For example, the law would void non-compete contracts between a single entity and all radiologists within a county. As individual practices begin to take root, the law effectively means no entity may implement a non-compete policy until three years pass. As a result, patients would see an increase in their options for obtaining care, and with the high cost of radiology remaining a key concern for millions of patients, eliminating non-compete contracts creates competition within radiology. Thus, patients are more likely to see a reduction in costs of care.

Employers File Motions to Block Enforcement, But a Federal Judge Declines It.

The law gives freedom back to specialty physicians and provides a path toward competition in the industry. Such actions would lower the revenue gained by a single entity or employer. Instead of keeping a county’s residents locked into the specific employer’s system and account, patients could go to a third-party practice for service. To protect their investments, health organizations and hospitals have expressed outrage over the law. A cancer care company filed a motion to block the law in its entirety. However, a federal judge had other plans.

On August 21, 2019, U.S. District Judge Mark Walker denied the plaintiff’s request. His ruling was even more scathing than meets the eye, comparing the company to the monsters of classic horror films. Although the plaintiff claimed the law would inhibit ability to provide specialty services in rural areas, Judge Walker disagreed, citing five cases in which oncologists had successfully ended their contracts and launched independent practices. He went on to describe his belief that the state legislature passed the law to tackle the negative effects of consolidation in the health industry. Such effort may have been responsible for increasing costs, decreasing access to healthcare and limiting the right of consumer choice in receiving care. In addition, he noted that while law does impede employers’ Constitutional contract rights, the benefits and purpose of the law outweigh the restriction placed on employers.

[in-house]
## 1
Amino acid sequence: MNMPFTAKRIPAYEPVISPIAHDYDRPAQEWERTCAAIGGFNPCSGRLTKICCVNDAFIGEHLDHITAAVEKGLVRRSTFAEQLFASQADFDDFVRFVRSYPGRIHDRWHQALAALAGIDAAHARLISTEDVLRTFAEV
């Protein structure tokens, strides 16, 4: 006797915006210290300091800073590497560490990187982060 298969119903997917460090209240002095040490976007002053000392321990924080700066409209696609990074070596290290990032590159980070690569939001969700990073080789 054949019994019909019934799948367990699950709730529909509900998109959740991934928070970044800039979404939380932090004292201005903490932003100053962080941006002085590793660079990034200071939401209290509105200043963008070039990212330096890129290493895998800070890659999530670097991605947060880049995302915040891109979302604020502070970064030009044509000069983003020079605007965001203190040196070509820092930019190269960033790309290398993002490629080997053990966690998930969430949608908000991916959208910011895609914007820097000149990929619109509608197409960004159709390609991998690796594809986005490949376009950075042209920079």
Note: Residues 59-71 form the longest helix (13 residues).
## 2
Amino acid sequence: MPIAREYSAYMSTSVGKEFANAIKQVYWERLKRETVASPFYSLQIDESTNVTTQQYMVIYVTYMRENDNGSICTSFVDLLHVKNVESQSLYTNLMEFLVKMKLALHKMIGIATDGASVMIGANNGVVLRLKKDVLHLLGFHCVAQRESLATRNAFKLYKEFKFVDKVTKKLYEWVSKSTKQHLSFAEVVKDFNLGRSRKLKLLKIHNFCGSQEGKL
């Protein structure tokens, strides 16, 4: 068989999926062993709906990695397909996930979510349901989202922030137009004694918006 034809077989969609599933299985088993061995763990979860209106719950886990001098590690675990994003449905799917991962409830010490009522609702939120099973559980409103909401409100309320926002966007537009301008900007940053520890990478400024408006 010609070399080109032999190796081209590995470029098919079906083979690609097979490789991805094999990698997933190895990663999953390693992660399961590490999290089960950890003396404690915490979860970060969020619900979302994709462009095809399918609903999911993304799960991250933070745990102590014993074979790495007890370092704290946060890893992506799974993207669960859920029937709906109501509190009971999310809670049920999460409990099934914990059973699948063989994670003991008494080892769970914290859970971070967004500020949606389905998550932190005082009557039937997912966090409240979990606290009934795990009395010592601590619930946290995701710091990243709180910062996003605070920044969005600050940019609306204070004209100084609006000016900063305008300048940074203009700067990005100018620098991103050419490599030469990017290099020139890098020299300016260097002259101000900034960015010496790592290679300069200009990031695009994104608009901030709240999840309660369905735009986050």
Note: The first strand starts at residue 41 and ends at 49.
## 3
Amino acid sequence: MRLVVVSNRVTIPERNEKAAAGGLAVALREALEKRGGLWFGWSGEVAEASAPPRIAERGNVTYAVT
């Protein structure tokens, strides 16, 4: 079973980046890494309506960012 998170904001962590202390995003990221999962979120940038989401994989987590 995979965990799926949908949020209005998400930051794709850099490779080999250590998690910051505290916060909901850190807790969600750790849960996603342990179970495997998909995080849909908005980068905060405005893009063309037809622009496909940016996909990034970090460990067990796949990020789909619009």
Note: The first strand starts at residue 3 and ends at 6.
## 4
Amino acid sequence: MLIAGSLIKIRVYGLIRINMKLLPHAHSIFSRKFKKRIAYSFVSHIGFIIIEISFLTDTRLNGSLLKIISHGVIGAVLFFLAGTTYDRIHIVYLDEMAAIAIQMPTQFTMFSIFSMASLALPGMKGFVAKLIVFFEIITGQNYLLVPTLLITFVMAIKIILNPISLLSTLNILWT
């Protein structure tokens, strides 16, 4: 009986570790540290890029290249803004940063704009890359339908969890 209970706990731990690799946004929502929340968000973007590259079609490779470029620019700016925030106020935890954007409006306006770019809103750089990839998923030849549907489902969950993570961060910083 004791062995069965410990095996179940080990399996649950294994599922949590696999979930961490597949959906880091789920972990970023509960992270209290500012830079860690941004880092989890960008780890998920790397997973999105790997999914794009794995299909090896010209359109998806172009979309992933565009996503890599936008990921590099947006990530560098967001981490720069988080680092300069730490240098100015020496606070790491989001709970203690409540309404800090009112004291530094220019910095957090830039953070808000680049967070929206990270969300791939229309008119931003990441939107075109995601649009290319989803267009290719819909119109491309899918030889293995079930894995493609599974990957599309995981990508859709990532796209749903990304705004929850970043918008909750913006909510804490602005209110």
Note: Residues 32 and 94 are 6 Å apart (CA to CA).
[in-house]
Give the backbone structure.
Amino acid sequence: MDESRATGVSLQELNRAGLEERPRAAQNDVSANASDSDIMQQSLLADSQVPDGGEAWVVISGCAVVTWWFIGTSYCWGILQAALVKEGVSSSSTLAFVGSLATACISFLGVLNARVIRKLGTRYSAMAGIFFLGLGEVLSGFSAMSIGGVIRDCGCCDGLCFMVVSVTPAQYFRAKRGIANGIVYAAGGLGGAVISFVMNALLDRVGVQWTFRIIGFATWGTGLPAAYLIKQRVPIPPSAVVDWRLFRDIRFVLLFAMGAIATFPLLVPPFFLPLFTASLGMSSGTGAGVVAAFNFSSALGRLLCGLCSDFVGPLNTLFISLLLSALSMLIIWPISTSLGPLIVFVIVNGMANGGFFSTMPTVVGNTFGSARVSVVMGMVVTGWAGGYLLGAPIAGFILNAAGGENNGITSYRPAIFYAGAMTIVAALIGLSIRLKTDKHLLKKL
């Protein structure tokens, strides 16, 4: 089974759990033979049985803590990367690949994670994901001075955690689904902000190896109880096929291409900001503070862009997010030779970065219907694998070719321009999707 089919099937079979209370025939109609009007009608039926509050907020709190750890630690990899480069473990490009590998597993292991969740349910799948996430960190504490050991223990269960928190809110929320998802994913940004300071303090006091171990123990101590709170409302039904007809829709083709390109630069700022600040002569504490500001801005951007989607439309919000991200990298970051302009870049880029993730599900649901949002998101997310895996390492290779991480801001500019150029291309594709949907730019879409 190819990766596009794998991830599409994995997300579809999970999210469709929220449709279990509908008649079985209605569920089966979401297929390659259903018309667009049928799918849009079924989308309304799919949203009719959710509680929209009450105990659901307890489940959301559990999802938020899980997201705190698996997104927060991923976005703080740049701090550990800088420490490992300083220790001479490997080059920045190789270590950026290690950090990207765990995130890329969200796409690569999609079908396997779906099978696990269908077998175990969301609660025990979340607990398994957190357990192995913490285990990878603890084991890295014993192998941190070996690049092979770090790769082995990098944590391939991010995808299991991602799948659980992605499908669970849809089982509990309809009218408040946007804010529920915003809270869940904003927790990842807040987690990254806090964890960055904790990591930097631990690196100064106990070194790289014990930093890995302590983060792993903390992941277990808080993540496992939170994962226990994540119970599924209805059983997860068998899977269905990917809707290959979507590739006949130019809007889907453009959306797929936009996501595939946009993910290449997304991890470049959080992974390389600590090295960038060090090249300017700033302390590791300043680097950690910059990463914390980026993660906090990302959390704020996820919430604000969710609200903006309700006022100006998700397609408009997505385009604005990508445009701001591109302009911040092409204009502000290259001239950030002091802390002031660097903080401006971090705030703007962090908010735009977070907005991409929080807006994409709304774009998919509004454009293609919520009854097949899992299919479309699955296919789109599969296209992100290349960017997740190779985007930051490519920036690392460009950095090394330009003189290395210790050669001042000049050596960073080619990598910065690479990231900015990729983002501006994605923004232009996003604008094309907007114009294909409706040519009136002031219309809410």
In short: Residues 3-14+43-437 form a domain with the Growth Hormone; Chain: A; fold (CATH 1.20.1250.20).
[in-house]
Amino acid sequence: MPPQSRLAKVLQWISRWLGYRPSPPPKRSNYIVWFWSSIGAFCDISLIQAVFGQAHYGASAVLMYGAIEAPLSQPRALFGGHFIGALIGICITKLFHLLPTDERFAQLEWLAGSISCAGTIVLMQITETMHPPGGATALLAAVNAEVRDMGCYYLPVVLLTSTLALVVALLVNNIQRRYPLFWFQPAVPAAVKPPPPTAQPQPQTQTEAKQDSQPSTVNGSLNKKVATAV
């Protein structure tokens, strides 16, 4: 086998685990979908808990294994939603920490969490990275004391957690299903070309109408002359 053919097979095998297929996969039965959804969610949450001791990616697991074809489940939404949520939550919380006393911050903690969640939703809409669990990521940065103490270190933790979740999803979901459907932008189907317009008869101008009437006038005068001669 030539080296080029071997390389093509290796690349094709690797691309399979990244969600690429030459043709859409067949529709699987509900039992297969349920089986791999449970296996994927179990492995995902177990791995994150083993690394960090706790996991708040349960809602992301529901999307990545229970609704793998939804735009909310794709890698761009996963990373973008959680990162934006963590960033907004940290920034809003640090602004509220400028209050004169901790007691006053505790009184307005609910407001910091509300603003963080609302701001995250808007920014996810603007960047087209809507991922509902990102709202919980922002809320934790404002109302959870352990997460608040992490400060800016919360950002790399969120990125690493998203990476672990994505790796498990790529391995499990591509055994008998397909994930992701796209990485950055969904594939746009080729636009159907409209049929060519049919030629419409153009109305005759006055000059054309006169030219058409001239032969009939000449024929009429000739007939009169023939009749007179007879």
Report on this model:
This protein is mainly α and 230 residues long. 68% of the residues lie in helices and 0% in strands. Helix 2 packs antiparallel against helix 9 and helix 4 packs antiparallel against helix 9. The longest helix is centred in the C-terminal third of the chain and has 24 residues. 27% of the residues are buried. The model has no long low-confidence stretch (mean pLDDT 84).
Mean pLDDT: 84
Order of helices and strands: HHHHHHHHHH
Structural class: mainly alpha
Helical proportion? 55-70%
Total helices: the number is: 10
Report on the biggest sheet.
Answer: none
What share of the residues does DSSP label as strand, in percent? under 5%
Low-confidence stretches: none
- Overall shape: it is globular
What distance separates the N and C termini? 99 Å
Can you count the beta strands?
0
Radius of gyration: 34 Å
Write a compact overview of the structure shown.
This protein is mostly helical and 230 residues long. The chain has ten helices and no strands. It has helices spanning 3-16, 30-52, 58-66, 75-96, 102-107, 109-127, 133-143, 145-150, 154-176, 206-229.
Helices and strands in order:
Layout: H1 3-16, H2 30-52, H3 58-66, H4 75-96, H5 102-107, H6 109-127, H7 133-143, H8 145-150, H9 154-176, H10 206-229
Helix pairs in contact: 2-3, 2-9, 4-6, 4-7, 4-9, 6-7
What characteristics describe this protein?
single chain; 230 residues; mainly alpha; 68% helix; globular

Summary: The Ruling and Its Effects on Radiologists in Florida and Across the U.S.

The law voided all contracts in which the employer held a monopoly over all specialties within a given county. As a result, any specialty physician could immediately leave the company and begin a private practice. For those that have already taken the steps to launch a private practice, the judge’s ruling reaffirms their right to start and maintain an independent practice. For radiologists across Florida, the ruling heralds an end to the practice of using non-compete contracts to limit how, where and when radiology services can be obtained or provided. Now is the time of opportunity, and the ruling in Florida sets the stage for what could be a showdown between non-compete employers and specialty physicians across the country. Radiologists and specialty physicians currently in a non-compete contract should pay close attention. The era of competition in the health profession has returned, and physicians could make an even bigger difference in the lives of their patients.